Hang Son Doong - in English, 'Mountain River Cave' - is the largest known cave on the planet. It is situated alongside the Laos-Vietnam border in south-east Asia, and contains a large, majestic free flowing river which rips along the cave floor like a giant Snake. In order to gain access to the cave one must abseil down a long and shaky rope into its dimly lit, damp, dark depths. An act that is sure to raise your heart rate, get the adrenaline flowing, and make you question your choice of underwear. Yet once your feet touch the ground, it will be worth every last effort.

Hang Son Doong is situated within Phong Nha-Ke Bang National Park, in the Bo Trach District, in the Quang Binh Province of Vietnam - try telling that to the taxi driver after a few beers. This gigantic cave was discovered by a man named Ho Khanh in 1991, who apparently kept the cave a secret, as it was only realised by the outside world that this cave existed in 2009 when a British caving team lead by Howard Limbert stumbled upon it. However, due to the team being ill-equipped to tackle such a humongous cave, they were stumbled close to the entrance by a 60 meter (200 ft) wall that they were unable to transcend. This wall later became known as The Great Wall of Vietnam. It wasn't until 2010 that this wall was conquered, and behind it was found a collection of Cave Pearls the size of baseballs - If you intended to make some additional cash alongside your day job, cave pearls of this size have been known to fetch up to £200 each. However, please be warned that the sale of cave pearls can be a contentious issue.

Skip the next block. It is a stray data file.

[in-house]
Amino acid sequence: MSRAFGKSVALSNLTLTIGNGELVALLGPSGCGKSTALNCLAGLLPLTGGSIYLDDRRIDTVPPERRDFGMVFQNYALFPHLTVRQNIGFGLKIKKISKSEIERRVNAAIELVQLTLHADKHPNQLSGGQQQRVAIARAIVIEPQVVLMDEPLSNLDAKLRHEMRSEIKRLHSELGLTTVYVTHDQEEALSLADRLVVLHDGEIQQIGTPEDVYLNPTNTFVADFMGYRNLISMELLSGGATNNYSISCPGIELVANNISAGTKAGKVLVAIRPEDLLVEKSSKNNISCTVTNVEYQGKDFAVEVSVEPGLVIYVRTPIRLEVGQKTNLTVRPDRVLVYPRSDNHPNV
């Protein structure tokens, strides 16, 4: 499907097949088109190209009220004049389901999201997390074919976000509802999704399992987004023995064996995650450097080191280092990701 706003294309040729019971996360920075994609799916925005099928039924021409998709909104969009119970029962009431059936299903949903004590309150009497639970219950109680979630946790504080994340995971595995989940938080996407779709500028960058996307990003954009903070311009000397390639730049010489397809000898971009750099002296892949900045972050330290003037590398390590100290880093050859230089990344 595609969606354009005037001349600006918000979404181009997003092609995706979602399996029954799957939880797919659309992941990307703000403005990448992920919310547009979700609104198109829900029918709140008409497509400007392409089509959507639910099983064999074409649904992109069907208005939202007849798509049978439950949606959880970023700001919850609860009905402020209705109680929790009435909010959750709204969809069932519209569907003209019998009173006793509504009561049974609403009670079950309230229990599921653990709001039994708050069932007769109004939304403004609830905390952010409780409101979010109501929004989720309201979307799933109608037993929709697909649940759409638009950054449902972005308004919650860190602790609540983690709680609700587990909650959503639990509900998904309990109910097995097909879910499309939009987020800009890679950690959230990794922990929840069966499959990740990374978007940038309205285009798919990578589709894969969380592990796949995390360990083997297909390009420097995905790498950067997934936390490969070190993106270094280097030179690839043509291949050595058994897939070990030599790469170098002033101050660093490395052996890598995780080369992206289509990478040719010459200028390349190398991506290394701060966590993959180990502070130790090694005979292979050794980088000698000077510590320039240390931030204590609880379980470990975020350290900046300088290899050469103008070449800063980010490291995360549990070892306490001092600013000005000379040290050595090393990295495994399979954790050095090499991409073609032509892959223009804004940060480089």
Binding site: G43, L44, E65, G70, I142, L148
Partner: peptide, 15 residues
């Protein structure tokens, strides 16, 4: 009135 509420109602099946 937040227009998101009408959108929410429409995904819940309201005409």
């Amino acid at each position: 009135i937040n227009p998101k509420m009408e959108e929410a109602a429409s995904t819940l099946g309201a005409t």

The cave was created between 2 - 5 million years ago through the constant erosion of the resident limestone from a local river, which relentlessly beat the stone until the cave ceiling collapsed upon itself. Once the cave ceiling collapsed, Hang Son Doong was born. Hang Son Doong is thought to be five times larger than the last 'largest cave in Vietnam', the Phong Nha cave, and significantly larger than the last 'largest cave on earth', the Deer Cave in Malaysia. It measures 200 meters (600 ft) in height, 150 meters (450 ft) in width, and is more than 3 miles (5 km) long. The river that sits at the base of the cave is nothing more than a few ponds during the region's dry season, but when the rains start to fall during the wet season - May to September -, the river can rise as much as 90 meters (300 ft) and literally submerge the bottom of the cave. Also, I should not forget to mention that this caving system is so large, so vast, so monstrous, that it contains its own fully functioning jungle. However, one of the main features of Hang Son Doong is what is considered to be the world's largest stalagmite, which reaches 70m (230 ft) into the air like a giant flag pole.